ADIKA OKEZIE – In memory of a lost gem


It is quite amazing how the strongest bonds can be forged between two individuals within the shortest period of time.

She is frail and lonely, I am idle and bored and it’s a long vacation
from school.

Memories from our time together are grey and almost forgotten.

Faded memories from our visit to the Umuahia War Museum
decades ago. Memories almost as dusty as the Museum itself.

Try as hard as I best can, I still cannot pin point the exact moment
we became inseparable.

Most nights I tiptoe to her room, the ever present smell of tobacco hanging in the air. My sole aim was to listen to her snores just to be sure she is sleeping tight.

whisper in the dark as I retrace my steps to my room.

A few nights I feel a tinge of jealousy at how soundly she snores, I wish I could sleep so soundly myself.

I am yanked out of my slumber by the sound of shattering glass.

My feet must have failed to touch the floor until I get to her room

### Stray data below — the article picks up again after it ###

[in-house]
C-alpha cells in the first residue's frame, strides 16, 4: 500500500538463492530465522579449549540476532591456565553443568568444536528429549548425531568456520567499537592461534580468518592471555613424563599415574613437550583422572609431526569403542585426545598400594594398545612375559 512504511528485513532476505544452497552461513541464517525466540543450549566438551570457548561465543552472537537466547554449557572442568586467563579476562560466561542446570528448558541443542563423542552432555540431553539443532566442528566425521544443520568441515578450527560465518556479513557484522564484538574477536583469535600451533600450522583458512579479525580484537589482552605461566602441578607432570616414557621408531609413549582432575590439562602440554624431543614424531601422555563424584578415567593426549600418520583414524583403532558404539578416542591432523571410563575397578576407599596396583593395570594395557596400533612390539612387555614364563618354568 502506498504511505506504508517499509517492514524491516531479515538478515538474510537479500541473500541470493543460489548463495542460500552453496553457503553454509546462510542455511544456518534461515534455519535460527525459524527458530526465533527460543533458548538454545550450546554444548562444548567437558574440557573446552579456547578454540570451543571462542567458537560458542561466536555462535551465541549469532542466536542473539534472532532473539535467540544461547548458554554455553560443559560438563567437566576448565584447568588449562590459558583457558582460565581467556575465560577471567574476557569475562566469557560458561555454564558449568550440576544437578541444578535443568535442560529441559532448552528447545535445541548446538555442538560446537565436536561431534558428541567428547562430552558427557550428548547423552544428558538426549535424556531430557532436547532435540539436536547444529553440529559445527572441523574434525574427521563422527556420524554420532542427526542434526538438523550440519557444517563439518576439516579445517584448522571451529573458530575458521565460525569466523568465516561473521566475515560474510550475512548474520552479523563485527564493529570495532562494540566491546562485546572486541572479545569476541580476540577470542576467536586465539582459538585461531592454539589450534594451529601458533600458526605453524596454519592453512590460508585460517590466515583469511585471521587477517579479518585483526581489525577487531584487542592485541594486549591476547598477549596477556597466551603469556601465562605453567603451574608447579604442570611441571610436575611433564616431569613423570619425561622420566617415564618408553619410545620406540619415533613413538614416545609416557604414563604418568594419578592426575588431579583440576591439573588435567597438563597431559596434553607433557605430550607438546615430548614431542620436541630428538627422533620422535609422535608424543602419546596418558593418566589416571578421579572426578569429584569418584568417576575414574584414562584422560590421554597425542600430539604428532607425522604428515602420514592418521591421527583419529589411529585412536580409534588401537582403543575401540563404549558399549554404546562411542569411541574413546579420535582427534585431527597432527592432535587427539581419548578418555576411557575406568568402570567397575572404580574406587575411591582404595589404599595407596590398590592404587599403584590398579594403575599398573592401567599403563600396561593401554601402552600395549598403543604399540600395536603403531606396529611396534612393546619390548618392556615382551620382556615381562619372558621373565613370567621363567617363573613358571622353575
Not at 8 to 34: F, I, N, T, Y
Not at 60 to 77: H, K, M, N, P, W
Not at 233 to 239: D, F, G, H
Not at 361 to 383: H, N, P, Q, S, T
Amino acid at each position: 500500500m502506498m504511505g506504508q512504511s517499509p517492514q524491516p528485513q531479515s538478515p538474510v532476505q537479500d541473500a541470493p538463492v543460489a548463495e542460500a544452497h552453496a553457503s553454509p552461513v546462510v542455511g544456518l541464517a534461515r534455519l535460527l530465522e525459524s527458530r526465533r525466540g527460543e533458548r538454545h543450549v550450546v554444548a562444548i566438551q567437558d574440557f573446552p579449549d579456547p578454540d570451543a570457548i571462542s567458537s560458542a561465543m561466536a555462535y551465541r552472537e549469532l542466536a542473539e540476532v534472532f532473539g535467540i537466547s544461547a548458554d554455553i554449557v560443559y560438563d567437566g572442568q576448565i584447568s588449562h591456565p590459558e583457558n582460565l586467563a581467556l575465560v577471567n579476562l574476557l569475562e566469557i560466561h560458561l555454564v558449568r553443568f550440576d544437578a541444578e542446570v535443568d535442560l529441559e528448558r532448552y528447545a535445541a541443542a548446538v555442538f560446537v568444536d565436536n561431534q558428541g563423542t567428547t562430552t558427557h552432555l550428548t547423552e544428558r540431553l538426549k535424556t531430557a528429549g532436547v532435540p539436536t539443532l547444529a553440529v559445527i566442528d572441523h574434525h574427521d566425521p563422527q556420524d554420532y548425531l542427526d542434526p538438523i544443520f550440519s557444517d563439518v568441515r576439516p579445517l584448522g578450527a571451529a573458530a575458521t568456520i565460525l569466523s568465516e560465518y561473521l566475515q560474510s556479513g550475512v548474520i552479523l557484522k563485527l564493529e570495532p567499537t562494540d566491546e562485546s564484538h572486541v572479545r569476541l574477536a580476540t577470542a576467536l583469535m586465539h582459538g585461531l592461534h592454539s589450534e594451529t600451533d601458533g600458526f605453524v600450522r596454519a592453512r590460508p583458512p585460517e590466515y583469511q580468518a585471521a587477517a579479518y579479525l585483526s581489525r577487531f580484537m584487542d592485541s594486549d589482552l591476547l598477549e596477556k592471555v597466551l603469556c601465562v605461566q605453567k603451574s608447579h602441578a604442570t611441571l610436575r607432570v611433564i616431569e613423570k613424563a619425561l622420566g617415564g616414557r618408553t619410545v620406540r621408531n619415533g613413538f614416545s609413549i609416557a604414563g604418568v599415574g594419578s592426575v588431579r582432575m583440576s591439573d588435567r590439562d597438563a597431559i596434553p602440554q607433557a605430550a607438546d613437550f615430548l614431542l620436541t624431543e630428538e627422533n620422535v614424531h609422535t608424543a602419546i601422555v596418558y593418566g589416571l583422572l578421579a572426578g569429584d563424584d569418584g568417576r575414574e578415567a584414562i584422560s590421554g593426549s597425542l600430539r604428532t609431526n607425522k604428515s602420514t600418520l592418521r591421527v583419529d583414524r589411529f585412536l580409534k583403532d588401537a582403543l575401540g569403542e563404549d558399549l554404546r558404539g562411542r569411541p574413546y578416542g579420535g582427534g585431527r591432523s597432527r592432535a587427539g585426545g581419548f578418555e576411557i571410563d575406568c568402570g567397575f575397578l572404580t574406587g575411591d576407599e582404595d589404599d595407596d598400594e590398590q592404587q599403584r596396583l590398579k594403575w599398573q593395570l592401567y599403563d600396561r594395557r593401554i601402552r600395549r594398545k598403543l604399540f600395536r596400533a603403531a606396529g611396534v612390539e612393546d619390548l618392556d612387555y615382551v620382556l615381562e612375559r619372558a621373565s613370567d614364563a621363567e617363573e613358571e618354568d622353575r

because I was there within split seconds.

My brain quickly processes the scenario;  she is sprawled in a rather uncomfortable manner on the cold tiled floor, her cane not far from her and the broken bouquet of roses I got her the previous day next to the disarrayed table.

Then I noticed for the first time the pool that is beginning to form beneath her.

She winces in obvious pain when I try to help her up.

The nurse later tells me that elderly women who fracture a hip are
five times more likely to die within a year, Google confirms this too.

However, I am certain Adika would beat the odds in her usual
unstoppable self.

I struggle to blink back the tears that blurred my vision, as I watch
her being lowered into the ground.

Yes! I am not ashamed of crying.
African men cry; even for their grandmothers.

Adika Okezie

*Written by Emenike Ekeziem Hamilton